Lewin piles on the crowd-pleasing elements at the expense of more realistic drama. The movie also gives into one of my least favorite ending devices.

Nonetheless, Hunt and Hawkes supply two of the most memorable performances of the year, and it would be fair to suggest they'll be remembered at Oscar time.

After all, Hawkes can't even maneuver his left foot as Daniel Day-Lewis could.

"The Sessions" opens at the Century Centre Cinema in Chicago. Rated R for language, nudity and graphic sexual situations. 98 minutes. ★ ★ ★

Reel Life mini-review: "The Other Son"
Lorraine Levy's Mideast drama "The Other Son" stops just short of having us all join hands and sing "Kumbaya" and "We Are the World" with its positive message of cooperation and reconciliation wrapped inside an investigation of identity.

Levy is too smart to let "The Other Son" drift into sentimental sap. "The Other Son" delivers its humanism straight up and neat with a chaser of hope and sincerity.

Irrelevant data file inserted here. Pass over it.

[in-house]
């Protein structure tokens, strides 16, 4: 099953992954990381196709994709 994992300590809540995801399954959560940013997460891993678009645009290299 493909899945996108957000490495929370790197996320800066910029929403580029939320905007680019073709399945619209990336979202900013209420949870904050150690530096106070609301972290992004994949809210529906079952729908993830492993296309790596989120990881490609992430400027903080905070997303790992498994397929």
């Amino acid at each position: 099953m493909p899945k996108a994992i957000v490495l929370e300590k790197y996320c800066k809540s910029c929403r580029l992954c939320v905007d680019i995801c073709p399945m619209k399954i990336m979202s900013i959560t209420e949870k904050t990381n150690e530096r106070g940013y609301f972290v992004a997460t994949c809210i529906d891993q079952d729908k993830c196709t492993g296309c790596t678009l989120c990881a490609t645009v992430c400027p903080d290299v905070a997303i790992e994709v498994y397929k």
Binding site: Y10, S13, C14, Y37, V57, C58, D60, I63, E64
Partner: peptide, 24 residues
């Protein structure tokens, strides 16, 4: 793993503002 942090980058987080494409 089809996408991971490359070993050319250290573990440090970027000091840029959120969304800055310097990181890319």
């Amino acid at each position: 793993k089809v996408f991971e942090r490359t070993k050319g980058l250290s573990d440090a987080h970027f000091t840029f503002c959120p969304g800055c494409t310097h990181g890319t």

A simple blood test for the Israeli military reveals that young Joseph (Jules Sitruk) can't be the offspring of Alon and Orith (Pascal Elbe and Emmanuelle Devos). He was accidentally switched with another baby at birth. He has grown up to be Yacine (Mehdi Dehbi), law student and son of two Palestinian parents (Khalifa Natour and Areen Omari).

Yep. It's a virtual "Guess Who's Coming to Dinner" when Joseph's family invites Yacine's family over for some supper and soul searching as the antagonistic dads square off, and the compassionate mothers vault over the wall of suspicion and hate that separates them.

This well-directed drama benefits from a no-frills screenplay and a strong cast. When we first lay eyes on Yacine the Palestinian, we gasp, for he's the spitting image of Alon.

Yes, they are the world.

"The Other Son" opens at the Renaissance Place in Highland Park. Rated PG-13 for violence, language, drug use. 105 minutes. ★ ★ ★

Political films and 007!
Just in time for the upcoming election. Join me and novelist-historian Raymond Benson as Dann & Raymond's Movie Club presents "Politics Goes to the Movies," 7:30 p.m. Tuesday, Oct. 30, at the Elk Grove Village Public Library, 1001 Wellington Ave., Elk Grove Village. Clips from such films as "All the King's Men," "The Candidate," "The Great Dictator," "Mr. Smith Goes to Washington" and many more. Free admission. Go to egvpl.org or call (847) 439-0447.